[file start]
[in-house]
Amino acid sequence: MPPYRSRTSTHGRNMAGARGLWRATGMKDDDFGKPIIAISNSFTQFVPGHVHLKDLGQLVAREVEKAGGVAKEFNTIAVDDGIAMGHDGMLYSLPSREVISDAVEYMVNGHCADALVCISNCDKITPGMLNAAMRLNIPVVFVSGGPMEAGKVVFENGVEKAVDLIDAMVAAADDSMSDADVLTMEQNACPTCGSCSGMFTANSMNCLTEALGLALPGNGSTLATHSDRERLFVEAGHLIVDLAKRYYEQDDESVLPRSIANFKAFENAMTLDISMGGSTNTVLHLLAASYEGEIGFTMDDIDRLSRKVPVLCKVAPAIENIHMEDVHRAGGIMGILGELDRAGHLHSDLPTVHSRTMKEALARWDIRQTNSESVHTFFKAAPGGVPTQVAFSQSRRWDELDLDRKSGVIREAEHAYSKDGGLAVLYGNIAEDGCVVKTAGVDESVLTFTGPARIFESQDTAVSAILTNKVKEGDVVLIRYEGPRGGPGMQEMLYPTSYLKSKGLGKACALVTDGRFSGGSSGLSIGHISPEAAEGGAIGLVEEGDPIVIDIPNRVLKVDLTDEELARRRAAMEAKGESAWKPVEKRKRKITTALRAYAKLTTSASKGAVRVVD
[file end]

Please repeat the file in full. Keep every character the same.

[in-house]
Amino acid sequence: MPPYRSRTSTHGRNMAGARGLWRATGMKDDDFGKPIIAISNSFTQFVPGHVHLKDLGQLVAREVEKAGGVAKEFNTIAVDDGIAMGHDGMLYSLPSREVISDAVEYMVNGHCADALVCISNCDKITPGMLNAAMRLNIPVVFVSGGPMEAGKVVFENGVEKAVDLIDAMVAAADDSMSDADVLTMEQNACPTCGSCSGMFTANSMNCLTEALGLALPGNGSTLATHSDRERLFVEAGHLIVDLAKRYYEQDDESVLPRSIANFKAFENAMTLDISMGGSTNTVLHLLAASYEGEIGFTMDDIDRLSRKVPVLCKVAPAIENIHMEDVHRAGGIMGILGELDRAGHLHSDLPTVHSRTMKEALARWDIRQTNSESVHTFFKAAPGGVPTQVAFSQSRRWDELDLDRKSGVIREAEHAYSKDGGLAVLYGNIAEDGCVVKTAGVDESVLTFTGPARIFESQDTAVSAILTNKVKEGDVVLIRYEGPRGGPGMQEMLYPTSYLKSKGLGKACALVTDGRFSGGSSGLSIGHISPEAAEGGAIGLVEEGDPIVIDIPNRVLKVDLTDEELARRRAAMEAKGESAWKPVEKRKRKITTALRAYAKLTTSASKGAVRVVD